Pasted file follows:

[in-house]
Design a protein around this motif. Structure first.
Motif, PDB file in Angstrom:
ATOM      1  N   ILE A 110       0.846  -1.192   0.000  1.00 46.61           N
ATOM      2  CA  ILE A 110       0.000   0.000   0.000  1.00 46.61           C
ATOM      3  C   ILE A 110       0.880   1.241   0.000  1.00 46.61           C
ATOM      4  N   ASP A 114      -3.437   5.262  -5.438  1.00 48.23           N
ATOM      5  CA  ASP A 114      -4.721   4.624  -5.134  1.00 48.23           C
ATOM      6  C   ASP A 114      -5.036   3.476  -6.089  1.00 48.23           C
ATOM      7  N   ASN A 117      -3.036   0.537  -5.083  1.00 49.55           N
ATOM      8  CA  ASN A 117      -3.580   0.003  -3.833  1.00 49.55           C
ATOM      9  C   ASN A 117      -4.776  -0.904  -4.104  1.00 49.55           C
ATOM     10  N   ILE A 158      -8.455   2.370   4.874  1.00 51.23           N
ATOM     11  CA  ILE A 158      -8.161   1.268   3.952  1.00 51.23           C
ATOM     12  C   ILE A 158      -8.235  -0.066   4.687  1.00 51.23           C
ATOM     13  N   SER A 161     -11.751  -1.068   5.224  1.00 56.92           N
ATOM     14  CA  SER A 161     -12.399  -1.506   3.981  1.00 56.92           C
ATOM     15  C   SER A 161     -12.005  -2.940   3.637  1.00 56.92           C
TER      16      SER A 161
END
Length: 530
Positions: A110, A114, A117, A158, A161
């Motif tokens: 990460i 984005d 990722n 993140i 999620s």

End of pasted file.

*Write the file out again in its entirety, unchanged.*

[in-house]
Design a protein around this motif. Structure first.
Motif, PDB file in Angstrom:
ATOM      1  N   ILE A 110       0.846  -1.192   0.000  1.00 46.61           N
ATOM      2  CA  ILE A 110       0.000   0.000   0.000  1.00 46.61           C
ATOM      3  C   ILE A 110       0.880   1.241   0.000  1.00 46.61           C
ATOM      4  N   ASP A 114      -3.437   5.262  -5.438  1.00 48.23           N
ATOM      5  CA  ASP A 114      -4.721   4.624  -5.134  1.00 48.23           C
ATOM      6  C   ASP A 114      -5.036   3.476  -6.089  1.00 48.23           C
ATOM      7  N   ASN A 117      -3.036   0.537  -5.083  1.00 49.55           N
ATOM      8  CA  ASN A 117      -3.580   0.003  -3.833  1.00 49.55           C
ATOM      9  C   ASN A 117      -4.776  -0.904  -4.104  1.00 49.55           C
ATOM     10  N   ILE A 158      -8.455   2.370   4.874  1.00 51.23           N
ATOM     11  CA  ILE A 158      -8.161   1.268   3.952  1.00 51.23           C
ATOM     12  C   ILE A 158      -8.235  -0.066   4.687  1.00 51.23           C
ATOM     13  N   SER A 161     -11.751  -1.068   5.224  1.00 56.92           N
ATOM     14  CA  SER A 161     -12.399  -1.506   3.981  1.00 56.92           C
ATOM     15  C   SER A 161     -12.005  -2.940   3.637  1.00 56.92           C
TER      16      SER A 161
END
Length: 530
Positions: A110, A114, A117, A158, A161
């Motif tokens: 990460i 984005d 990722n 993140i 999620s």